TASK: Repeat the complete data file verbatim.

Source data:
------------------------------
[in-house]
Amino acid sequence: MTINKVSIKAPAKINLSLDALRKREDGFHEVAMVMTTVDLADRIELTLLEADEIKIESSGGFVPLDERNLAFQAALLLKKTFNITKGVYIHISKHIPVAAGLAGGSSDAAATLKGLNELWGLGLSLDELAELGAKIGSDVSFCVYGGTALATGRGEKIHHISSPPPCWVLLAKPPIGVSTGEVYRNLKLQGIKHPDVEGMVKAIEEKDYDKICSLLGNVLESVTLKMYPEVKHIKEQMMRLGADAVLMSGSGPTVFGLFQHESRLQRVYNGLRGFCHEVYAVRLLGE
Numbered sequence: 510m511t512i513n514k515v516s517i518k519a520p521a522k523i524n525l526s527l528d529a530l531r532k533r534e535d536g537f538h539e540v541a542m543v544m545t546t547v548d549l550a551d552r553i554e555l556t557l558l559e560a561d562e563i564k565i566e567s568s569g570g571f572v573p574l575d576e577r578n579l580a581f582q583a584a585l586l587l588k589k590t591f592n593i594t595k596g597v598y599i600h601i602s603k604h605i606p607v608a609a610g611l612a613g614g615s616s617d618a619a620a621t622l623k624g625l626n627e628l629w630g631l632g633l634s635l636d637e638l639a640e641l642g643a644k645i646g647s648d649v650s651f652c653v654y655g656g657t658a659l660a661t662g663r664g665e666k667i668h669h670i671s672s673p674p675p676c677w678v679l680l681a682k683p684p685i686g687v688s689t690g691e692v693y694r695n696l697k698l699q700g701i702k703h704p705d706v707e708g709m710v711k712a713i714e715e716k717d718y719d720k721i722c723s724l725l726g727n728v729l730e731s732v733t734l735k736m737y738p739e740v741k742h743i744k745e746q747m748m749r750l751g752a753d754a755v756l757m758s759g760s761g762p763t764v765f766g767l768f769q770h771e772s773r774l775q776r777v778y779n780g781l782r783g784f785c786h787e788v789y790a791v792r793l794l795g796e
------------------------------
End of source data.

[in-house]
Amino acid sequence: MTINKVSIKAPAKINLSLDALRKREDGFHEVAMVMTTVDLADRIELTLLEADEIKIESSGGFVPLDERNLAFQAALLLKKTFNITKGVYIHISKHIPVAAGLAGGSSDAAATLKGLNELWGLGLSLDELAELGAKIGSDVSFCVYGGTALATGRGEKIHHISSPPPCWVLLAKPPIGVSTGEVYRNLKLQGIKHPDVEGMVKAIEEKDYDKICSLLGNVLESVTLKMYPEVKHIKEQMMRLGADAVLMSGSGPTVFGLFQHESRLQRVYNGLRGFCHEVYAVRLLGE
Numbered sequence: 510m511t512i513n514k515v516s517i518k519a520p521a522k523i524n525l526s527l528d529a530l531r532k533r534e535d536g537f538h539e540v541a542m543v544m545t546t547v548d549l550a551d552r553i554e555l556t557l558l559e560a561d562e563i564k565i566e567s568s569g570g571f572v573p574l575d576e577r578n579l580a581f582q583a584a585l586l587l588k589k590t591f592n593i594t595k596g597v598y599i600h601i602s603k604h605i606p607v608a609a610g611l612a613g614g615s616s617d618a619a620a621t622l623k624g625l626n627e628l629w630g631l632g633l634s635l636d637e638l639a640e641l642g643a644k645i646g647s648d649v650s651f652c653v654y655g656g657t658a659l660a661t662g663r664g665e666k667i668h669h670i671s672s673p674p675p676c677w678v679l680l681a682k683p684p685i686g687v688s689t690g691e692v693y694r695n696l697k698l699q700g701i702k703h704p705d706v707e708g709m710v711k712a713i714e715e716k717d718y719d720k721i722c723s724l725l726g727n728v729l730e731s732v733t734l735k736m737y738p739e740v741k742h743i744k745e746q747m748m749r750l751g752a753d754a755v756l757m758s759g760s761g762p763t764v765f766g767l768f769q770h771e772s773r774l775q776r777v778y779n780g781l782r783g784f785c786h787e788v789y790a791v792r793l794l795g796e